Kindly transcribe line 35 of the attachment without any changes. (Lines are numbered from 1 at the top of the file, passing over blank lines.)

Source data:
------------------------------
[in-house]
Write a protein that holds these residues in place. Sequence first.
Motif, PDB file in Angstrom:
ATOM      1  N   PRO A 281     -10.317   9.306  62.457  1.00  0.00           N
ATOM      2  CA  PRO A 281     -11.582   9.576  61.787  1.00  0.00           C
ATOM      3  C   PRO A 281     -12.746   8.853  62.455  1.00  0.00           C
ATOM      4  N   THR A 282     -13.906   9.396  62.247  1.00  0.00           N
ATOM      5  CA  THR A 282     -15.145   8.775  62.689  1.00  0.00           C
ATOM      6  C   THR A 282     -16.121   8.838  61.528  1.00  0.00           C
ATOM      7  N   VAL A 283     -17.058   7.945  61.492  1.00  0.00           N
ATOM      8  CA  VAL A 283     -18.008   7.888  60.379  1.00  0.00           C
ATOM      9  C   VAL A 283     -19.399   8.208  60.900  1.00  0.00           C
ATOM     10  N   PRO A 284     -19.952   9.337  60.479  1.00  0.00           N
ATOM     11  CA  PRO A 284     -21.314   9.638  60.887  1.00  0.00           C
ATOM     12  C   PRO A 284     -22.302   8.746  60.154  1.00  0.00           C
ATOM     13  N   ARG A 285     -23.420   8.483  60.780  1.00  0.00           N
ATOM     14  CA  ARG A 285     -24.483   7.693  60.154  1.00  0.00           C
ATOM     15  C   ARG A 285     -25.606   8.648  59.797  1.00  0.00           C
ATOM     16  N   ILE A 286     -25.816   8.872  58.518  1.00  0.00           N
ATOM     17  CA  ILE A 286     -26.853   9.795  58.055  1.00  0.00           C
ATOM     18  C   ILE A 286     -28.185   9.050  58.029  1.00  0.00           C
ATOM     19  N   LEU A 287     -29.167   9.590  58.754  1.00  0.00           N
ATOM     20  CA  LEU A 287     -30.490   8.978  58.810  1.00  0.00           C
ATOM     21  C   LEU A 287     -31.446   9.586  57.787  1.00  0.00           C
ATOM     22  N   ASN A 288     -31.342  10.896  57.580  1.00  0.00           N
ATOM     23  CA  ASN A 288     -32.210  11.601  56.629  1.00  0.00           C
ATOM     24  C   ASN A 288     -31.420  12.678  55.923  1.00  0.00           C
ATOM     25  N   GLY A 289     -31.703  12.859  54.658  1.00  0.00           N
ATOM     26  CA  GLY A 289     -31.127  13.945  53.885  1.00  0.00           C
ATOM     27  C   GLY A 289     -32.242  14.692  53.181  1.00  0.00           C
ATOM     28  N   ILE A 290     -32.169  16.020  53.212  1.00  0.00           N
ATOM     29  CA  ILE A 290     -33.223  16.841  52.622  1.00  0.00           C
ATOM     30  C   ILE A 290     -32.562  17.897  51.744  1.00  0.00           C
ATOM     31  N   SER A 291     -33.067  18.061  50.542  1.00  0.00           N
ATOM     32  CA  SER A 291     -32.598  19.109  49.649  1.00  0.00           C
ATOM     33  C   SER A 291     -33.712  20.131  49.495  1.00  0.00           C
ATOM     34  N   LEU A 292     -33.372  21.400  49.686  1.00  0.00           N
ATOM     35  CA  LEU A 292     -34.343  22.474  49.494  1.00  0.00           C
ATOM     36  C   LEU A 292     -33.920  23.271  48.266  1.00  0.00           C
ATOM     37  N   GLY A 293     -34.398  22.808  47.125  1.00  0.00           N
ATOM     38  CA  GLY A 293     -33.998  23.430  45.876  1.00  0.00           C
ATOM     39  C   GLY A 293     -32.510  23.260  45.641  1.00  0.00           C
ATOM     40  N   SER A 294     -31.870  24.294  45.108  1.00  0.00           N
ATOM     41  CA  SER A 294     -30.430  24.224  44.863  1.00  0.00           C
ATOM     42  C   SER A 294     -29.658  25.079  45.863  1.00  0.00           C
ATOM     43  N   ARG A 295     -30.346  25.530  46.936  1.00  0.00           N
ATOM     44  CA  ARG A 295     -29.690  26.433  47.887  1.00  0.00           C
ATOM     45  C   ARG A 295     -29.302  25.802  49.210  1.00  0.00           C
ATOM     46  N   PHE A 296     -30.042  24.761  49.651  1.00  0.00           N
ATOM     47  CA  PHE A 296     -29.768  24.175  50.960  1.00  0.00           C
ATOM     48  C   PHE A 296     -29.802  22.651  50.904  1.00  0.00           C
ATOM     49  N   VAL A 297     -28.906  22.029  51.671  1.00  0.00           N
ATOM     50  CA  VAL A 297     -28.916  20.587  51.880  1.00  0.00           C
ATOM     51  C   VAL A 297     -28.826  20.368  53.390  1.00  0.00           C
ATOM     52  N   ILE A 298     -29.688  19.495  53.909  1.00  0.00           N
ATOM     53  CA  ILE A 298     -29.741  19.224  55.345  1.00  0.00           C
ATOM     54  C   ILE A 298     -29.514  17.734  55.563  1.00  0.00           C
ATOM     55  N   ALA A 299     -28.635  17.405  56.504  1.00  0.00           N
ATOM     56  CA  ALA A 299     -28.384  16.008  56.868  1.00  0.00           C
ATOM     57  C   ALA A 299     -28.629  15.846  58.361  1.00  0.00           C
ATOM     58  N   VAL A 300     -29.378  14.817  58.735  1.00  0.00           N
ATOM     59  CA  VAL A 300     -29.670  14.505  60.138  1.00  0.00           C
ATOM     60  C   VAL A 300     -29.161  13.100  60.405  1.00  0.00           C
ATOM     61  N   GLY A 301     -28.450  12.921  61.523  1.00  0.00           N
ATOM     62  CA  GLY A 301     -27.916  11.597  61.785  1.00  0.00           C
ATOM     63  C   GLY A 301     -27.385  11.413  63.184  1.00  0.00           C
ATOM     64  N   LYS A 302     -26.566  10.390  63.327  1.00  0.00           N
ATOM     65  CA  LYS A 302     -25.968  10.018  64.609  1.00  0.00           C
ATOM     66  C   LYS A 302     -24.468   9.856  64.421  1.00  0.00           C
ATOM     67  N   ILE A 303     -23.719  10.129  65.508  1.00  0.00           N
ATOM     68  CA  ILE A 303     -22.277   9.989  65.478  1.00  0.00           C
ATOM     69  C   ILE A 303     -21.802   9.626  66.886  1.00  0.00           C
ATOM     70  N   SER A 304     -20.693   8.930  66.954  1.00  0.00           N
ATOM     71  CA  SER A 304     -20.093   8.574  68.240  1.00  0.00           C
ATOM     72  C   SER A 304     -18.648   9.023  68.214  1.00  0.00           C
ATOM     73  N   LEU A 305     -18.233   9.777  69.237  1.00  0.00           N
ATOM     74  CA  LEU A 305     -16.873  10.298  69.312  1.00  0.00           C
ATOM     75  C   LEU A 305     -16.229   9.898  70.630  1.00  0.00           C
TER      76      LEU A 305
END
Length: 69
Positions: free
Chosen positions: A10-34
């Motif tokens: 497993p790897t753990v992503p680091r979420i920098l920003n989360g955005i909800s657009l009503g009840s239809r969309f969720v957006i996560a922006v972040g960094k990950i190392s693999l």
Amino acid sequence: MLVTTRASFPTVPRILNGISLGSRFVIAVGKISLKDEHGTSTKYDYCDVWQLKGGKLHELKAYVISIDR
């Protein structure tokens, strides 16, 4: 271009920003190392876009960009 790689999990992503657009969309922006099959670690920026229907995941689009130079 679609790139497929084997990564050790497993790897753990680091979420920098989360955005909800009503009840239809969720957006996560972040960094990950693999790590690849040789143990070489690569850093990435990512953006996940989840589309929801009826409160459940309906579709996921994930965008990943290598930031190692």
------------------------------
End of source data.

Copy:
ATOM     32  CA  SER A 291     -32.598  19.109  49.649  1.00  0.00           C